Fresh, Flaky and Flavorful
Innovative or Classic, the Everlasting Appeal of Doughnuts
Amid the ongoing trend of health-conscious eating, the doughnut remains a sweet treat that appeals to all ages and demographics. Luckily, the Merrimack Valley has no shortage of family-owned shops.
For most people, the unwavering appeal of this breakfast treat isn’t complicated. If you’re going to indulge, why wouldn’t you go big — literally — and pick an item that can fill your stomach with a combination of flavor, flakiness and freshness?
For many, just walking through the door of a doughnut shop and looking at the display case can be nostalgic.
“It brings back childhood memories,” says Cindy Ley, the owner of Top Donut in Dracut.
Bill Wilson Jr., co-owner of Donna’s Donuts in Tewksbury, says doughnuts and doughnut shops offer a sense of comfort.
“People get excited to come in,” says Tom Quill, co-owner of The Angry Donut and Cafe in Newburyport. “They’ll announce if it’s their first time here.”
While doughnuts appeal to all ages, flavors are a different story. The popular flavors can even vary from one store to another, says Ley, whose family owns Top Donut. She owns and runs the Dracut location, while her parents, Robin and Wendy Ley, operate the Lowell locations.
In Lowell, customers seek out more traditional flavors. The 29-year-old Cindy Ley says she is offering more specialty flavors in Dracut, and they are proving to be a hit with her customers. “Maple bacon is the most popular,” she says. “It’s sweet and salty.” Customers at her store also like her doughnuts with cereal toppings, such as Fruity Pebbles and Cinnamon Toast Crunch.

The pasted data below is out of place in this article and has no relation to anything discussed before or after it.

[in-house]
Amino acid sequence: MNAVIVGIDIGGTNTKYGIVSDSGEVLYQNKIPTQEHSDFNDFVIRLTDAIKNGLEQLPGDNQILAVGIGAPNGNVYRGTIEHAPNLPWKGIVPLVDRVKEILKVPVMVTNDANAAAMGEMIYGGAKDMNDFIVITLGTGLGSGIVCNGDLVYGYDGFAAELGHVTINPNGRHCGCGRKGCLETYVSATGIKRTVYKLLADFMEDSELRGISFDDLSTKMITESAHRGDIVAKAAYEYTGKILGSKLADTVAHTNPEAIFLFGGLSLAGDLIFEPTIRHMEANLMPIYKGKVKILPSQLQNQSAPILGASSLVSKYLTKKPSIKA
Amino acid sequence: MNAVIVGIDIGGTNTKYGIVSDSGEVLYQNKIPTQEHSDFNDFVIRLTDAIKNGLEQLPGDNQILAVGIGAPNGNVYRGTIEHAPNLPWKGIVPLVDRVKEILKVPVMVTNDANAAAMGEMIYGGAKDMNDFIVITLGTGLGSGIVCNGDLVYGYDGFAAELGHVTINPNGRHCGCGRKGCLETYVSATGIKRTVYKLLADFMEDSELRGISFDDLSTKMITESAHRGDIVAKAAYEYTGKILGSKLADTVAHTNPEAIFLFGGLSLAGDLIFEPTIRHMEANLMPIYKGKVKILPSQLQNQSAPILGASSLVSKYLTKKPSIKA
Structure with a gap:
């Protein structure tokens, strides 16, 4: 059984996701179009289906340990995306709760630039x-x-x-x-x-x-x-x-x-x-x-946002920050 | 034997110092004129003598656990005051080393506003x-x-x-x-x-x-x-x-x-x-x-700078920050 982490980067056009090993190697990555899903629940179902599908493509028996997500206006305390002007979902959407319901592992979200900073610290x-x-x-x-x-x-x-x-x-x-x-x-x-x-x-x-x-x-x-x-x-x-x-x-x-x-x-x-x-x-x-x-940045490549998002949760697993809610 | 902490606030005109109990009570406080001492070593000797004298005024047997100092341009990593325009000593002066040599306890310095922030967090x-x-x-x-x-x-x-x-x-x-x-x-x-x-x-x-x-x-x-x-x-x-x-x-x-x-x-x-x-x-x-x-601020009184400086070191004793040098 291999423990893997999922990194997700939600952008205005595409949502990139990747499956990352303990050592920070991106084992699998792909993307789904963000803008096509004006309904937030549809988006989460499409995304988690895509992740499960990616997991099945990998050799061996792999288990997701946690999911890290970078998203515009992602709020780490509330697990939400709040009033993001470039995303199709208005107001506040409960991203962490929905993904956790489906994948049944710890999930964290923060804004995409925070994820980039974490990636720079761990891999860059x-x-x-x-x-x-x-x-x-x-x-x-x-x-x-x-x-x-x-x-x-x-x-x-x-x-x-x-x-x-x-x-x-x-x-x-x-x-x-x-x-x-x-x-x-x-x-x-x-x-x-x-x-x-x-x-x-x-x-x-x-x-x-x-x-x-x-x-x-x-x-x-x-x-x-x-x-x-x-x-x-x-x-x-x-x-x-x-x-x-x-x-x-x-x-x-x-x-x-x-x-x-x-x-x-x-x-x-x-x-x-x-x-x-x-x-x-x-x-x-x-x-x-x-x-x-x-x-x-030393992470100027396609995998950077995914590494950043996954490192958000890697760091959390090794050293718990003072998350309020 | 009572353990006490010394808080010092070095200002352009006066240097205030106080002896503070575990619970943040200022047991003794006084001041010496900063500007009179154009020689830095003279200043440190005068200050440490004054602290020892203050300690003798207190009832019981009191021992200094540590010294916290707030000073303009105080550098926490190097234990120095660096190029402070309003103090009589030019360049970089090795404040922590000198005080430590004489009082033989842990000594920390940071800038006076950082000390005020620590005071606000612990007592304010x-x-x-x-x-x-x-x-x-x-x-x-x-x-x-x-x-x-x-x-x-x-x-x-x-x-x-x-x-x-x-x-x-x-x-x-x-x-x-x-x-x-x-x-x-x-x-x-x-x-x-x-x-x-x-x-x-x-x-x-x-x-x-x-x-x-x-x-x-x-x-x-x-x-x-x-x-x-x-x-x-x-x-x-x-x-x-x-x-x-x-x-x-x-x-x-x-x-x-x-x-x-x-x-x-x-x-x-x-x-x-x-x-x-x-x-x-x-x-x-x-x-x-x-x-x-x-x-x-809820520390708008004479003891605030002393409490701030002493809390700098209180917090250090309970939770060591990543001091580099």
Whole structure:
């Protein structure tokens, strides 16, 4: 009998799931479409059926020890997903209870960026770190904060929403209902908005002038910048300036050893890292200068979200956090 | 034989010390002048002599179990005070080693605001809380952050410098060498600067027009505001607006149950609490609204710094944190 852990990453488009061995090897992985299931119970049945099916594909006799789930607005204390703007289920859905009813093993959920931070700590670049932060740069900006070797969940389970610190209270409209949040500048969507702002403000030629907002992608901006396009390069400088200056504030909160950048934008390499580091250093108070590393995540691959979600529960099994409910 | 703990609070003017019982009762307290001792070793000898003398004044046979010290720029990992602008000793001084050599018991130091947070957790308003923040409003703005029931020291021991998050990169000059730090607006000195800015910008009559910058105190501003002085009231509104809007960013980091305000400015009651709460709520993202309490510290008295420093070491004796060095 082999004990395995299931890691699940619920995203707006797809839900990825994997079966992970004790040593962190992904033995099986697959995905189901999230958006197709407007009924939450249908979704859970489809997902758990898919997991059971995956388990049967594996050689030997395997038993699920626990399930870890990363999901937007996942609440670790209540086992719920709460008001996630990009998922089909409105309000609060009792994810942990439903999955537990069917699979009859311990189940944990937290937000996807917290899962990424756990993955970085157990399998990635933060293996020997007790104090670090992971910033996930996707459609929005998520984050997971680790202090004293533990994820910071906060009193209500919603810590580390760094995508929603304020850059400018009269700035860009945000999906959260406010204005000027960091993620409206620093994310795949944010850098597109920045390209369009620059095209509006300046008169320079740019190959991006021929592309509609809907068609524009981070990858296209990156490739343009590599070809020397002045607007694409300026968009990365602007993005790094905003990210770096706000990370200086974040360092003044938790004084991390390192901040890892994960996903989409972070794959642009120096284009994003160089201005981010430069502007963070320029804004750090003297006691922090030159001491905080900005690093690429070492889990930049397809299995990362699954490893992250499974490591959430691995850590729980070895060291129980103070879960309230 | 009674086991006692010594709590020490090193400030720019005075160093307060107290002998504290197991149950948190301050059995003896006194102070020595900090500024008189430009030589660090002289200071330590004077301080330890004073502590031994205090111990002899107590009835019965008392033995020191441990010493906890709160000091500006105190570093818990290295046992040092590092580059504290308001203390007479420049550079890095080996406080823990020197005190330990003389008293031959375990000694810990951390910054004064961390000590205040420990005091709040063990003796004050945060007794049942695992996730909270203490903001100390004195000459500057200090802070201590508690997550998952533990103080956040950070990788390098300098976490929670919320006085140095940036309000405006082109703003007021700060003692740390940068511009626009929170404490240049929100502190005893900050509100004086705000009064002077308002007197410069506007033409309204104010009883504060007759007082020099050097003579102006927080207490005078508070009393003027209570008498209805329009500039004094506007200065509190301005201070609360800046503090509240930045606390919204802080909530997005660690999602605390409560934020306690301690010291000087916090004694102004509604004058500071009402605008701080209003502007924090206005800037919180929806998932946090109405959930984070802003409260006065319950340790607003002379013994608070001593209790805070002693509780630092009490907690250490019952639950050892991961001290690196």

“Their eyes light up,” Ley says. “It’s two breakfast items in one.”
She says seasonal flavors, such as pumpkin and apple cider in the fall, are always a big sellers.
“My favorite would be the chocolate cream,” Ley says.
Customers are also excited to see Creamy Buns on the menu — a creation patterned after doughnut ice cream sandwiches, which are popular on the West Coast.
Customers pick one of Top Donut’s ice cream flavors — ube, a sweet purple yam with Filipino origins, is the most popular — and a selection of toppings. The doughnut is then sealed in a warming machine. The end result is warm with a cool and creamy inside.
For every customer who likes to explore new tastes, there are the doughnut loyalists who stick to the classics.
At Donna’s Donuts, the biggest seller is the tried-and-true honey dip. “By far, [it] outsells everything else in the store,” Wilson says. Other popular choices are jelly and Boston cream pie.
Part of the appeal is that customers have a good shot at getting a fresh doughnut straight from the kitchen.
“We bake while we’re open,” Wilson says. Some shops will make all their doughnuts before the shop opens for the day, and once they are sold out, they close. Donna’s continues to bake until the shop closes, Wilson says. No matter when a customer arrives, the products will be fresh.
Wilson’s own doughnut preference is simple.
“Uniquely enough, it’s the plain doughnut,” he says. The mix of cinnamon and nutmeg flavors pairs nicely with his black coffee.
Quill, the owner of The Angry Donut, begins his day with a coffee and a doughnut, as well.
“Our doughnut isn’t overly sweet,” he says. “Our doughnut is really like a bread and we fry it.”
Vanilla glaze is the most common selection by customers at The Angry Donut, followed by cinnamon sugar, chocolate glazed, chocolate sea salt, and raspberry jelly. The shop also offers more trendy choices, like Fruity Pebbles, maple bacon, peanut butter fluff, and coffee Oreo.